It can be hard for us to do this at first because our brain thinks that everything it does is right! However, you are not your thoughts and you have the ability to observe your thoughts from an objective stance, notice which thoughts are present, and decide what you want to do with them. Remember, just because you have a thought doesn’t mean you have to listen to it.
Keep track and look for patterns and commonalities
Keeping a log of your thoughts can help you begin to see how your thoughts are distorted and skewed can help you take control over your responses to them. When you start building your awareness of your thoughts, you will see that some thoughts show up at predictable times, and some thoughts, feelings, and feared stories come as a group.
You are smarter than your anxiety! So, start to outsmart it. This means that when you notice these patterns of thought, these distorted stories about yourself, your world, and your future, you can begin predicting when they will show up and how they will try controlling you. Seeing this patterns can give you the confidence to remind yourself of the truth, rather than the anxious lies.
Ground yourself in what you know (or can know)
Centering yourself in the present moment of reality is a powerful tool when fighting anxiety. Anxiety tends to pull us into the past or project us into the future. However, we cannot change the past and we cannot predict or control the future. The only moment we can enact any of our agency and power over is the present moment.
With your growing awareness in your patterns of Thought-Action Fusion, you can now firmly ground yourself in what is true about you and the situation you are in. Sometimes this is simple acknowledgements of who you have historically been, and sometimes they are factual statements about the causal relationships between two things.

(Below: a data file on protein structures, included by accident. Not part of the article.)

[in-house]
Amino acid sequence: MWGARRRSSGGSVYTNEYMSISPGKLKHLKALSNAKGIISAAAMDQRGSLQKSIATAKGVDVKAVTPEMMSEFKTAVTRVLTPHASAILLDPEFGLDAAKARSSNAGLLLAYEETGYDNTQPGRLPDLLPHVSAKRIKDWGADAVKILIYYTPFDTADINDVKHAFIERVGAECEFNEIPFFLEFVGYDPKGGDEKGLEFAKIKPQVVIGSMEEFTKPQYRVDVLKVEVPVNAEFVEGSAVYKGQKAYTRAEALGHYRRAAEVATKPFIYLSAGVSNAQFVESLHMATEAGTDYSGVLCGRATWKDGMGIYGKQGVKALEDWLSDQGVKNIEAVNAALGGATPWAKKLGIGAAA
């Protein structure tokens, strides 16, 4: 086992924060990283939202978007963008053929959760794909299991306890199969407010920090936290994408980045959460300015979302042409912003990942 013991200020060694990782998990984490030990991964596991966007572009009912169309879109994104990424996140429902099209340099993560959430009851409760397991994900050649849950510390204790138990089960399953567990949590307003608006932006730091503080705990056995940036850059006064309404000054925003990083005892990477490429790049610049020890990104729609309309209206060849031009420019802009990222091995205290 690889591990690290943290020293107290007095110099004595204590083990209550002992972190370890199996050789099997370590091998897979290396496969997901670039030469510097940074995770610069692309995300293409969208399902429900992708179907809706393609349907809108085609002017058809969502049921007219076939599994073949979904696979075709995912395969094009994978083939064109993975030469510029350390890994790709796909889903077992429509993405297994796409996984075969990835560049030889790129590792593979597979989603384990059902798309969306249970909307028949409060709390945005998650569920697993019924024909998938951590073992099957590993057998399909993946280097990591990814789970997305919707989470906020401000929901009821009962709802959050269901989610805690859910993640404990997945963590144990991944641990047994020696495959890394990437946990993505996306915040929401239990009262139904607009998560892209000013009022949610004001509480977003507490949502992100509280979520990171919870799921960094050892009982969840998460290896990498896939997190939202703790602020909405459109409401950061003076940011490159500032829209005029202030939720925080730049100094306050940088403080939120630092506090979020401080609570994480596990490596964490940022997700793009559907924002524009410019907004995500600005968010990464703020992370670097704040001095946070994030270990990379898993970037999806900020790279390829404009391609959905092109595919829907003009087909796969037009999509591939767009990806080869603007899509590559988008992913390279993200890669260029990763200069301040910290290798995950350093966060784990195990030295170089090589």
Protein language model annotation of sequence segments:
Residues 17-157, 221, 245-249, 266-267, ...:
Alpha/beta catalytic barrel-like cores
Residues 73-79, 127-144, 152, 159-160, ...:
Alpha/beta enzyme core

Some examples of grounding yourself in what you can know are:
“I have no evidence that wearing a green shirt today will cause my dad to get an aneurysm.”
“I’ve thought lots of thoughts in the past. Some come true, and some don’t.”
“Thoughts about being alone does not mean I’m alone. I have people I can reach out to if needed, and I’ve handled being alone before without panicing!”
“I’m having the thought of a car accident, but a thought is not the same as an actual car accident.t”
“Wow, thinking about cheating on my partner makes me feel uncomfortable, but thoughts are not the same as actions.”
“Practice makes better, but practice won’t make me perfect because perfect doesn’t exist. I can take today off and not ruin my life.”
“If I discover that reality is not real, that would be terrible, but I don’t have that evidence right now so there is nothing to do about it at this very moment.”
Exposure and Response Prevention for Thought-Action Fusion
Anxiety is betting on you not calling its bluff. Instead, it is counting on you taking the suggestion that the irrational or highly unlikely story it is telling you is probable and reasonable causing you to avoid, check, ritualize, seek reassurance, google, or neutralize.
Exposure and Response Prevention (ERP) is a therapeutic technique in which you work with your therapist to progressively get closer and closer to your fear while resisting anything that would help you avoid anxiety or “ensure” safety. In short, it is doing the opposite of what your anxiety wants you to do.
ERP helps you learn that the mental association and feared story is probably not going to happen, and that you don’t need to fear it nor avoid it. Through repeatedly challenging your anxiety by putting the Thought-Action Fusion to the test, all while resisting your compulsive routines, acts, or thoughts, you’ll start to see that the chances of experiencing the terrible outcome your anxiety suggests will happen is low. Moreover, you start to learn that you do not need certainty in life. Instead, you can stand confident that you can endure the momentary discomfort and ride out the uneasiness of the anxiety no matter the form it takes.